Namibia’s small-stock export scheme suspended

The Namibia Agricultural Union (NAU) recently welcomed a decision by the country’s authorities to fully suspend the small-stock marketing scheme to allow producers to export without restriction to South Africa.

Namibia’s small-stock export scheme suspended
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The Namibia Agricultural Union (NAU) recently welcomed a decision by the country’s authorities to fully suspend the small-stock marketing scheme to allow producers to export without restriction to South Africa.

This decision was taken at the recent economic summit in Namibia.

In accordance with the scheme, producers previously had to market one sheep locally for every sheep that was exported to South Africa.

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The Namibian Ministry of Agriculture, Water and Forestry said in a statement that cabinet had decided the scheme needed to be suspended for a period of one year to allow the ministry to review the scheme and establish incentives to discourage the exportation of livestock.

Bertha Ijambo, an economist at NAU, described the suspension as a welcome respite for the country’s drought-stricken small-stock producers.

“Unrestricted exports is of extreme importance to suffering producers. This would [do] much to relieve the pressure on already highly compromised cash flows,” she added.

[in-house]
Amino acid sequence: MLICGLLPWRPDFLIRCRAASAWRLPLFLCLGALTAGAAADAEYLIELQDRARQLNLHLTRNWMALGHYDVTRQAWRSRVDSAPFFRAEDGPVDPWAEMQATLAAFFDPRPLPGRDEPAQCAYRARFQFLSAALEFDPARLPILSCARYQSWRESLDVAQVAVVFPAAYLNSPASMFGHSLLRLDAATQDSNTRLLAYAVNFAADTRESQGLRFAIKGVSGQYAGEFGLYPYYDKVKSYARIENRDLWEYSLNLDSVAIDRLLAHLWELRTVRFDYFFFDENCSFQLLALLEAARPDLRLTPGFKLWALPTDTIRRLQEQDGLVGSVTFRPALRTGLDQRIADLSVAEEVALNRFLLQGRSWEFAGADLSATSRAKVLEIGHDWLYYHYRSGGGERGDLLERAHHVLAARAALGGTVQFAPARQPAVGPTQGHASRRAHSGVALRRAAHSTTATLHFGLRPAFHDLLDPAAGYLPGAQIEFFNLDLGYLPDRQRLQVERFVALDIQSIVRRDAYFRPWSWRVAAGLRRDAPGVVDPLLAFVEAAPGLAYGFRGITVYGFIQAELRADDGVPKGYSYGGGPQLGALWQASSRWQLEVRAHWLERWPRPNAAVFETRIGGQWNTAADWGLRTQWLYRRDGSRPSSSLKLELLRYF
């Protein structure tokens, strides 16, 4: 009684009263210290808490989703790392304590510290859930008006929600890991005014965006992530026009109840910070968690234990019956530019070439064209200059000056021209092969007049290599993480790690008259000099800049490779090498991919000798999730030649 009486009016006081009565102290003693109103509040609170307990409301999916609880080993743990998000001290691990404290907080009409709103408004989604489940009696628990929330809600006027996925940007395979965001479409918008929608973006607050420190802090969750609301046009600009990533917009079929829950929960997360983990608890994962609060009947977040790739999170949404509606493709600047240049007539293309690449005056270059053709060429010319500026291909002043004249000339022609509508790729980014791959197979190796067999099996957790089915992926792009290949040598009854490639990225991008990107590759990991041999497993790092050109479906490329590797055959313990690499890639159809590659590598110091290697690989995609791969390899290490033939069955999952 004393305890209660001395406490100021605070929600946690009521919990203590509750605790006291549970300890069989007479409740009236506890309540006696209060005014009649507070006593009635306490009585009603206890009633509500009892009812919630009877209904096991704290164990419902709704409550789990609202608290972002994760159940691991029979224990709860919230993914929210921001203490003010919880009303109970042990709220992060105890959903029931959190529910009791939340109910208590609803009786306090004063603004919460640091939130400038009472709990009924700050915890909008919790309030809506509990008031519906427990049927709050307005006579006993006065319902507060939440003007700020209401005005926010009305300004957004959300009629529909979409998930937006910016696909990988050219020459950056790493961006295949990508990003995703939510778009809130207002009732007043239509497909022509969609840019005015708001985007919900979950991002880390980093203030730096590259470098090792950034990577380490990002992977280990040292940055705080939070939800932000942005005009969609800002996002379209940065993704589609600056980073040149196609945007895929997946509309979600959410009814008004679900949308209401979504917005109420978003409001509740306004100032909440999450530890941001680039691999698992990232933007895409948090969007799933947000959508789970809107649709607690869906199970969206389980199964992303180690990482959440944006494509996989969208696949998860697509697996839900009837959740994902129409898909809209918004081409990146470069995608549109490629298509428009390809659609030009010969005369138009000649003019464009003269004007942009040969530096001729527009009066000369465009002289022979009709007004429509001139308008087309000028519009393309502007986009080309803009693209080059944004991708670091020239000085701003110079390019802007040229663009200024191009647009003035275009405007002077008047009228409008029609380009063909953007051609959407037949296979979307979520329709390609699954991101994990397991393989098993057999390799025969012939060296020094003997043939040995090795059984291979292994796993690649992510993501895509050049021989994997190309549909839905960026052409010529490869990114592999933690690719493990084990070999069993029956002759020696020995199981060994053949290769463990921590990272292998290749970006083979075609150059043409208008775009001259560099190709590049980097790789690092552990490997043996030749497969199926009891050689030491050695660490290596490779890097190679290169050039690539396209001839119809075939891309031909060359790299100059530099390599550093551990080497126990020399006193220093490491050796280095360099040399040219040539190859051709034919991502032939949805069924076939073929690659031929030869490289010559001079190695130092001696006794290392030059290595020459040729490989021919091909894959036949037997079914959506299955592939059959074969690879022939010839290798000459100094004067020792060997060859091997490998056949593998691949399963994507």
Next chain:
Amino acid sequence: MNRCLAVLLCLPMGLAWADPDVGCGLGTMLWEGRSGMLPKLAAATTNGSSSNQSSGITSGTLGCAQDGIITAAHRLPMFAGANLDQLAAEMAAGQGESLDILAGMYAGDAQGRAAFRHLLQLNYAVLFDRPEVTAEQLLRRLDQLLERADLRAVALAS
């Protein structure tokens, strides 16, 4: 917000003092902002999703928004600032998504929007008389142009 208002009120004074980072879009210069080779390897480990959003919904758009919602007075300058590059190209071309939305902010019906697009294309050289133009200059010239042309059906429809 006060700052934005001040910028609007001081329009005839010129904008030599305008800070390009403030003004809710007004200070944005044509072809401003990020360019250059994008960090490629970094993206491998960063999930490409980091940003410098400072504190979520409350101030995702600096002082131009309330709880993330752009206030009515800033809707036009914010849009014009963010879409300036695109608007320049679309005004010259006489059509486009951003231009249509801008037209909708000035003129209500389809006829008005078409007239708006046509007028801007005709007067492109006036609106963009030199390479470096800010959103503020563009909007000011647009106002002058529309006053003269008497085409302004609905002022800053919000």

The Livestock Producers’ Organisation of Namibia also welcomed the announcement, but added that the industry was faced with a number of other challenges. Predation, for example, posed a serious problem.

South Africa’s unresolved foot-and-mouth disease status and the ensuing administration processing needed in order for Namibian producers to import animal feed also remained a challenge.

Annelie Coleman represents Farmer’s Weekly in the Free State, North West and Northern Cape. Agriculture is in her blood. She grew up on a maize farm in the Wesselsbron district where her brother is still continuing with the family business. Annelie is passionate about the area she works in and calls it ‘God’s own country’. She’s particularly interested in beef cattle farming, especially with the indigenous African breeds. She’s an avid reader and owns a comprehensive collection of Africana covering hunting in colonial Africa, missionary history of same period, as well as Rhodesian literature.